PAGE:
Stock-based compensation expense 655 1,090
Provision for deferred income taxes 40 (119)
Change in allowance for doubtful accounts 34 0
Changes in operating assets and liabilities:    
Accounts receivable, net 3,639 9,942
Prepaid expenses and other assets (23) (882)
Operating lease right-of-use assets and liabilities, net 36  
Accounts payable, accrued expenses and other liabilities (4,030) (10,586)
Deferred revenue 193 (1,946)
Net cash provided by (used in) operating activities 1,512 (2,581)
CASH FLOWS FROM INVESTING ACTIVITIES:    
Purchases of property and equipment (2,444) (3,978)
Net cash used in investing activities (2,444) (3,978)
CASH FLOWS FROM FINANCING ACTIVITIES:    
Repayments on long-term debt and finance leases (1,585) (867)
Proceeds from exercise of common stock options 40 103
Purchase of treasury stock and shares received to satisfy minimum tax withholdings (6) (12)
Net cash used in financing activities (1,551) (776)
Effect of exchange rate changes on cash and cash equivalents (21) (187)
NET DECREASE IN CASH AND CASH EQUIVALENTS (2,504) (7,522)
Cash and cash equivalents, beginning of period 15,921 22,476
Cash and cash equivalents, end of period 13,417 14,954
SUPPLEMENTAL DISCLOSURES OF CASH FLOW INFORMATION:    
Cash paid for interest 120 175
Cash paid for income taxes 403 185
SUPPLEMENTAL DISCLOSURES OF NON-CASH INVESTING AND FINANCING TRANSACTIONS:    
Minimum long-term debt and finance lease payments in accounts payable 88 436
Accrued property and equipment expenditures $ 188 $ 208
v3.19.2
The Company and Summary of Significant Accounting Principles
6 Months Ended
Jun. 30, 2019
Organization, Consolidation and Presentation of Financial Statements [Abstract]  
The Company and Summary of Significant Accounting Principles
The Company and Summary of Significant Accounting Principles
Synacor, Inc., together with its consolidated subsidiaries (collectively, the “Company” or “Synacor”), is a digital technology company that provides email and collaboration software, cloud-based identity management platforms, managed web and mobile portals, and advertising solutions. The Company’s customers include communications providers, media companies, government entities and enterprises. Synacor is a trusted partner for enterprise software platforms and monetization solutions that Synacor delivers through public and private cloud software-as-a-service, software licensing, and professional services. Synacor enable clients to deepen their engagement with their consumers and users.
Basis of Presentation
The interim unaudited condensed consolidated financial statements and accompanying notes have been prepared in accordance with United States generally accepted accounting principles (“U.S. GAAP”) and include the accounts of the Company and its wholly-owned subsidiaries. All intercompany balances and transactions have been eliminated in consolidation. In the opinion of the Company’s management, the interim unaudited condensed consolidated financial statements include all adjustments, which include only normal recurring adjustments, necessary for the fair presentation of the Company’s financial position for the periods presented. These interim unaudited condensed consolidated financial statements are not necessarily indicative of the results expected for the full fiscal year or for any subsequent period.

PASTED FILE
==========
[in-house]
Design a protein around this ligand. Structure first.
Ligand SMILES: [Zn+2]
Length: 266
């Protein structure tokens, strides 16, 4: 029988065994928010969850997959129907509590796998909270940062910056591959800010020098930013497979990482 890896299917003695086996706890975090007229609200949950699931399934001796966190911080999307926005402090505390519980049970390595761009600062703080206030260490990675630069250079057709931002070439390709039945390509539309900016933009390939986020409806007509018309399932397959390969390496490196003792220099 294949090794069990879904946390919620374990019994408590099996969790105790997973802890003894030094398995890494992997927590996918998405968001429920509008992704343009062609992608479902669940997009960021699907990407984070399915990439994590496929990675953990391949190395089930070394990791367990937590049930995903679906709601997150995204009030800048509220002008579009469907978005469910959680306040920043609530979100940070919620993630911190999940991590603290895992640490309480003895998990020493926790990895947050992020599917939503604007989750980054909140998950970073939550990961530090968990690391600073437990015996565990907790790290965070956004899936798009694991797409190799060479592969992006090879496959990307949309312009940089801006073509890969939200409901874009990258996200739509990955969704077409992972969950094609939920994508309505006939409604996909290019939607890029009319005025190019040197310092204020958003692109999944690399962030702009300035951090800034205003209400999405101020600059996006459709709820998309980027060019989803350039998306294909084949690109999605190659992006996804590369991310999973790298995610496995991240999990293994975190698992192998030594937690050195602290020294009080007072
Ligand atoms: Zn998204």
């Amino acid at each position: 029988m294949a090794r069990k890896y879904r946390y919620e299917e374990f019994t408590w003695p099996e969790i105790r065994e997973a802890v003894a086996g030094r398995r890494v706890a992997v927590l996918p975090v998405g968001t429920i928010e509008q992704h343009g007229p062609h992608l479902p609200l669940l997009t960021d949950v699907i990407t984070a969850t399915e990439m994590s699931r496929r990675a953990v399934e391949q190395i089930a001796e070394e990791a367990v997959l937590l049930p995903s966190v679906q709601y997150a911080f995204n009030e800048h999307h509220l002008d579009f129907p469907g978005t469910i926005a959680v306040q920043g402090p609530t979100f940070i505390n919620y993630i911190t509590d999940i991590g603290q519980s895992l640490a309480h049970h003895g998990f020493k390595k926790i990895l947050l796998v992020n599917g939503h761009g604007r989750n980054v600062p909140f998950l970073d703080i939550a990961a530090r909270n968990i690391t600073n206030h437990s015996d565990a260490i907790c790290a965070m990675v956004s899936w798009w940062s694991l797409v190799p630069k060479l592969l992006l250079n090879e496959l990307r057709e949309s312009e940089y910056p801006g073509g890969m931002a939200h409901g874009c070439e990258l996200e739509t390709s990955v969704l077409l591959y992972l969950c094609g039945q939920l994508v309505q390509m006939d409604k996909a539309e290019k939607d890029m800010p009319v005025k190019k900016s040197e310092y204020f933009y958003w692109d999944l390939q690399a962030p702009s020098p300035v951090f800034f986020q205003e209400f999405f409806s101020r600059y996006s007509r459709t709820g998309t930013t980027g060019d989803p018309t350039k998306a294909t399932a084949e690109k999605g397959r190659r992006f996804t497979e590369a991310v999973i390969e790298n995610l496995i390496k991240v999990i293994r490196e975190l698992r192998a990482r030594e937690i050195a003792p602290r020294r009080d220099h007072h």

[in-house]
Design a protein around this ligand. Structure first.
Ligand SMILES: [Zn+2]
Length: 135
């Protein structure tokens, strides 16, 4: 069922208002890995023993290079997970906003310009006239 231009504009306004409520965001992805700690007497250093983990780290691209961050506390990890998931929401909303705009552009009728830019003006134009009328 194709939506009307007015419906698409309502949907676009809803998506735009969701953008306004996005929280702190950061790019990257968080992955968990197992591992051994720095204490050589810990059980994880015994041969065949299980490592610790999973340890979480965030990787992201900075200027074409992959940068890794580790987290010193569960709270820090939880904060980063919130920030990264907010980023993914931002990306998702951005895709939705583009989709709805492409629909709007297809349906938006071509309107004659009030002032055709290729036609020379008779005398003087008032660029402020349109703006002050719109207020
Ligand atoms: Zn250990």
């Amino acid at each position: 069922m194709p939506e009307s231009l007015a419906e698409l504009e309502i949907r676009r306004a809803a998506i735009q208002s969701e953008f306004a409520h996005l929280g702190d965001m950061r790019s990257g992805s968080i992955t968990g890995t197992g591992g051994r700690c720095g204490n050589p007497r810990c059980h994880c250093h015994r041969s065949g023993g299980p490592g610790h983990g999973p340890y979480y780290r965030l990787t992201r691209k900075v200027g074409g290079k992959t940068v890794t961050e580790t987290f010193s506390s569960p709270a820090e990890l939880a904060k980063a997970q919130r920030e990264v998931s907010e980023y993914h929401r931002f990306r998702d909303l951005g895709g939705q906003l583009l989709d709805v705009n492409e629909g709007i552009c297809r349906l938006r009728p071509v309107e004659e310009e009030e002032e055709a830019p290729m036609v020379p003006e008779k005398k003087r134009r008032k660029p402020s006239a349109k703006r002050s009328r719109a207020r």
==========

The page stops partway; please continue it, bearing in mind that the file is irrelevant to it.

The accompanying condensed consolidated balance sheet as of December 31, 2018 was derived from the audited financial statements as of that date, but does not include all the information and footnotes required by U.S. GAAP. These financial statements should be read in conjunction with the consolidated financial statements and related notes included in the Company’s Annual Report on Form 10-K for the year ended December 31, 2018.
During the first quarter of 2019, the Company made a change to its segment reporting structure which resulted in two segments 1) Software & Services and 2) Portal & Advertising. As a result certain prior year amounts have been restated to conform to current year’s presentation. Historical Amounts in Note 2 – Revenue from Contracts with Customers, Note 4 - Goodwill and Intangible Assets and Note 7 – Segment Information have been restated to reflect these changes in reportable segments.
Additionally, the Company has reclassified certain costs and expenses in the consolidated statement of operations for the three and six months ended June 30, 2018, amounting to $0.3 million and $0.6 million respectively, from technology and development to cost of revenue to conform to the current period presentation. These reclassifications had no effect on previously reported total costs and operating expenses and net loss.
Accounting Estimates